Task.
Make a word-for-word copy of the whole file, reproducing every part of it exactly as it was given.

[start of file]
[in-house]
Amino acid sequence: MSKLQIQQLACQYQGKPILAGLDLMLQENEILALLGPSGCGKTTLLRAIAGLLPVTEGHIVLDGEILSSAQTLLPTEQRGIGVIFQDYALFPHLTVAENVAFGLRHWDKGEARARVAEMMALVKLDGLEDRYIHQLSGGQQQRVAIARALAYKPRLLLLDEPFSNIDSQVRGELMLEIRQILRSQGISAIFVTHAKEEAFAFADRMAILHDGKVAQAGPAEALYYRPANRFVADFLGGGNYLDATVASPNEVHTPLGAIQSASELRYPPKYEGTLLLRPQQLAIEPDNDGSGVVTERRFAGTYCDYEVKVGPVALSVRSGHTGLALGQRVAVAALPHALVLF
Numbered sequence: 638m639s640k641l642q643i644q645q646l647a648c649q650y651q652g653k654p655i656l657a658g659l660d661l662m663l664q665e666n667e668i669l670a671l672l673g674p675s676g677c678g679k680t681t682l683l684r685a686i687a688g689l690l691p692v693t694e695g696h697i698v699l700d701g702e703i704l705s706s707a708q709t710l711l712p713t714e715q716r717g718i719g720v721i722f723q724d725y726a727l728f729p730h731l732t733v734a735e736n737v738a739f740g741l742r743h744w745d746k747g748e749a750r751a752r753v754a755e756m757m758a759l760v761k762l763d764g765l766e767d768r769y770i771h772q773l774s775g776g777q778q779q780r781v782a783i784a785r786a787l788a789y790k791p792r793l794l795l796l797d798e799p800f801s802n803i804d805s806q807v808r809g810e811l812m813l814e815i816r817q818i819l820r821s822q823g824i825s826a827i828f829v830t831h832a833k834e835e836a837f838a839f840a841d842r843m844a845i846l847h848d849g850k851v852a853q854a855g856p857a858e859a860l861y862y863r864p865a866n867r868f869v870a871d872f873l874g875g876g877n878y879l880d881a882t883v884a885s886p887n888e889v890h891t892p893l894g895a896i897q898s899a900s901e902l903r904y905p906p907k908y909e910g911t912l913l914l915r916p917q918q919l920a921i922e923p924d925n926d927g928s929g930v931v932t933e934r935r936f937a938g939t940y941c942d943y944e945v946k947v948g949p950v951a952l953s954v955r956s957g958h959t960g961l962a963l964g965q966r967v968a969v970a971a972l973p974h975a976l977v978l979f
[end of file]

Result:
[in-house]
Amino acid sequence: MSKLQIQQLACQYQGKPILAGLDLMLQENEILALLGPSGCGKTTLLRAIAGLLPVTEGHIVLDGEILSSAQTLLPTEQRGIGVIFQDYALFPHLTVAENVAFGLRHWDKGEARARVAEMMALVKLDGLEDRYIHQLSGGQQQRVAIARALAYKPRLLLLDEPFSNIDSQVRGELMLEIRQILRSQGISAIFVTHAKEEAFAFADRMAILHDGKVAQAGPAEALYYRPANRFVADFLGGGNYLDATVASPNEVHTPLGAIQSASELRYPPKYEGTLLLRPQQLAIEPDNDGSGVVTERRFAGTYCDYEVKVGPVALSVRSGHTGLALGQRVAVAALPHALVLF
Numbered sequence: 638m639s640k641l642q643i644q645q646l647a648c649q650y651q652g653k654p655i656l657a658g659l660d661l662m663l664q665e666n667e668i669l670a671l672l673g674p675s676g677c678g679k680t681t682l683l684r685a686i687a688g689l690l691p692v693t694e695g696h697i698v699l700d701g702e703i704l705s706s707a708q709t710l711l712p713t714e715q716r717g718i719g720v721i722f723q724d725y726a727l728f729p730h731l732t733v734a735e736n737v738a739f740g741l742r743h744w745d746k747g748e749a750r751a752r753v754a755e756m757m758a759l760v761k762l763d764g765l766e767d768r769y770i771h772q773l774s775g776g777q778q779q780r781v782a783i784a785r786a787l788a789y790k791p792r793l794l795l796l797d798e799p800f801s802n803i804d805s806q807v808r809g810e811l812m813l814e815i816r817q818i819l820r821s822q823g824i825s826a827i828f829v830t831h832a833k834e835e836a837f838a839f840a841d842r843m844a845i846l847h848d849g850k851v852a853q854a855g856p857a858e859a860l861y862y863r864p865a866n867r868f869v870a871d872f873l874g875g876g877n878y879l880d881a882t883v884a885s886p887n888e889v890h891t892p893l894g895a896i897q898s899a900s901e902l903r904y905p906p907k908y909e910g911t912l913l914l915r916p917q918q919l920a921i922e923p924d925n926d927g928s929g930v931v932t933e934r935r936f937a938g939t940y941c942d943y944e945v946k947v948g949p950v951a952l953s954v955r956s957g958h959t960g961l962a963l964g965q966r967v968a969v970a971a972l973p974h975a976l977v978l979f